The Elephant in the Dining Room: Washington’s Media Elite Celebrate, Awkwardly, Without the President They Helped Create

Hasan Minhaj delivered a brilliant set at the White House Correspondents’ Association’s annual dinner, where President Trump's absence defined the entire evening

Nearly every minute of the White House Correspondents’ Dinner was laced with desperation. Saturday night at the Washington Hilton, the journalists that comprise the White House Correspondents’ Association gathered to celebrate their industry — or more accurately, to defend it.

President Donald Trump, who is alternately both combative with and ingratiating to the press, became the first president in 36 years to not attend the annual dinner. (The last was President Ronald Reagan, who was recovering from a bullet wound sustained weeks earlier. He still called in to crack a joke or two.) Trump has the habit of calling the mainstream media “fake news,” “failing,” or the “enemy” of the American people — and at the same time, has proven to be incredibly sensitive to, and swayed by, press coverage of himself and his closest advisors.

Trump’s boycott of the night read as another example of his typical childish impetuosity — especially given that the jokes made about him by Seth Meyers at the WHCD in 2011 reportedly so injured his sensibilities that it seeded his run for president. In attempting to combat Trump’s repudiation of the press, the WHCA put on a dinner that awkwardly kept trying to prove its own relevance.

After all, the media has a similarly love-hate relationship with Trump — a personality who has provided the political press with endless material and similarly endless angst. Discussion and portrayal of Trump has goosed ratings and boosted circulation for all sorts of media entities — and for that reason, providing wall-to-wall coverage of his rhetoric, no matter how hateful, became increasingly commonplace during the election and are now part and parcel of every media organization’s national news coverage. Despite their respective ideologies, the media and Trump are in a toxic, fruitful, mutually reinforcing and mutually destructive relationship. This fundamental truth made the overtures to ideological purity from both pulpits feel frustratingly evasive. For Trump, it was another rally in Pennsylvania, and back to repeating the canard about making America great again (already? always? How long are we waiting for this to happen?). For the WHCA, it was reading the first amendment out loud — and trotting out Bob Woodward and Carl Bernstein, whose joint reporting brought down President Nixon’s presidency in 1974. No matter how much you believe in the ideas of Trump or the media — and personally, I’m a big fan of the first amendment — it was hard to not read this posturing as heavy-handed self-importance.

On the other hand, at least the WHCD has the good sense to call in comedians. And intriguingly, “fake journalist” Hasan Minhaj (a senior correspondent on “The Daily Show with Trevor Noah,” and one of that show’s consistent highlights) articulated most succinctly what seems to be wrong with American discourse, via cracking jokes about how he was likely to be downgraded from American citizen to a series of numbers any minute now.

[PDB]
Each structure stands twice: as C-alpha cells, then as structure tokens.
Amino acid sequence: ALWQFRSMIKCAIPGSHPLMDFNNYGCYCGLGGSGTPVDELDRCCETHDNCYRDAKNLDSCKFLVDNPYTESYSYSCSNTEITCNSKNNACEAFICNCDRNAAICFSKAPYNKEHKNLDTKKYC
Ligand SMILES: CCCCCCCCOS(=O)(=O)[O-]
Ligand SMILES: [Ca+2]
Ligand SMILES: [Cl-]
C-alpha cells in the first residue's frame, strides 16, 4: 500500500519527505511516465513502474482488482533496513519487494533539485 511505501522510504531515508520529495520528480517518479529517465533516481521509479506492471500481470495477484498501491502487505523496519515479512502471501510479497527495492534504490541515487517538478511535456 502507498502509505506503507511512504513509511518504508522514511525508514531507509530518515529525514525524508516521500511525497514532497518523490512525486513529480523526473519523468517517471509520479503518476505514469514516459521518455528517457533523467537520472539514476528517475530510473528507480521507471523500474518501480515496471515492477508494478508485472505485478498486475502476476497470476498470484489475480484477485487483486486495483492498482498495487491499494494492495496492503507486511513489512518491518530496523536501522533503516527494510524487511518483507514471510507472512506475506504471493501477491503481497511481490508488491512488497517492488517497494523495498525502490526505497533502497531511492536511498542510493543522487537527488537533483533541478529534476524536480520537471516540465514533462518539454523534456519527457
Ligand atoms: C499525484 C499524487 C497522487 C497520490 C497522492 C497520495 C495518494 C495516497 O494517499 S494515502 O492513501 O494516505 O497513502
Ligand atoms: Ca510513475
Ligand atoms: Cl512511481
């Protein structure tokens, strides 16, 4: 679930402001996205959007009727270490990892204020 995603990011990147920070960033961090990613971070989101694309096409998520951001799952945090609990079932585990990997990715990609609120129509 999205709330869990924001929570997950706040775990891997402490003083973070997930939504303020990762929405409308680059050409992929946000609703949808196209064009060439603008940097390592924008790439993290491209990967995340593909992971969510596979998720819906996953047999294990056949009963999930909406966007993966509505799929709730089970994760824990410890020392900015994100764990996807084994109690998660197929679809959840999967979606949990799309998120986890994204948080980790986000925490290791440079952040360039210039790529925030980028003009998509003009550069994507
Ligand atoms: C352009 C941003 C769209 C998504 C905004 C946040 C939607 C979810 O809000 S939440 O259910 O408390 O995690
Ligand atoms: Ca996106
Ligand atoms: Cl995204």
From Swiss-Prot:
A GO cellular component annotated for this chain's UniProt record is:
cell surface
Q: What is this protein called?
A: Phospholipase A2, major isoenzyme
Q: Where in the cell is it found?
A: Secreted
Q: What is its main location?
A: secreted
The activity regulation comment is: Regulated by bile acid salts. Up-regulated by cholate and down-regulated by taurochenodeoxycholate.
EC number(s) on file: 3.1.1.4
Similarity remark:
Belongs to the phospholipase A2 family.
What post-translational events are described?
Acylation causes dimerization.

“We are living in a strange time where trust is more important than truth,” he pointed out near the end of his set, to a room that responded tepidly at best to his humor. He made jabs at CNN, Fox News, MSNBC, USA Today, and Nate Silver’s FiveThirtyEight, calling them out for their specific hypocrises and panderings.

Taking swipes at the media is part of the WHCD’s comedian’s role. But Minhaj seemed to be much more critical of the media as a whole than any guest since Stephen Colbert’s 2006 speech during George W. Bush’s presidency — a speech delivered entirely in character that mercilessly mocked the contours of contemporary punditry.

Minhaj, like Colbert, rejected the hobnobbing of the evening for a sharper critique of the amassed establishment. Except where Colbert did it with satire, Minhaj did it with sincerity — discussing with warmth what the first amendment means, in a pivot away from jokes for the last few minutes of his set. “Only in America can a first-generation Indian-American Muslim kid get on this stage and make fun of the president,” he said. “It’s this amazing tradition that shows the entire world that even the president is not beyond the reach of the first amendment.”

But the president didn’t show up. “The man who tweets everything that enters his head refuses to acknowledge the amendment that allows him to do it,” Minhaj said. “In four hours, Donald Trump will be tweeting about how bad Nicki Minaj bombed at this dinner.”

“I’m proud that all of us are out here to defend that right… even when the man in the White House never would.”

A cushier relationship between presidents and the press means, often, a softer and fuzzier comedy set. The friction between the press and the WHCD set the stage for a far more interesting — and far more hilarious! — unifying critique of both. In an era where “free speech” has again become a politically charged phrase, it was nice to not just celebrate it, but see it in glorious, messy action.

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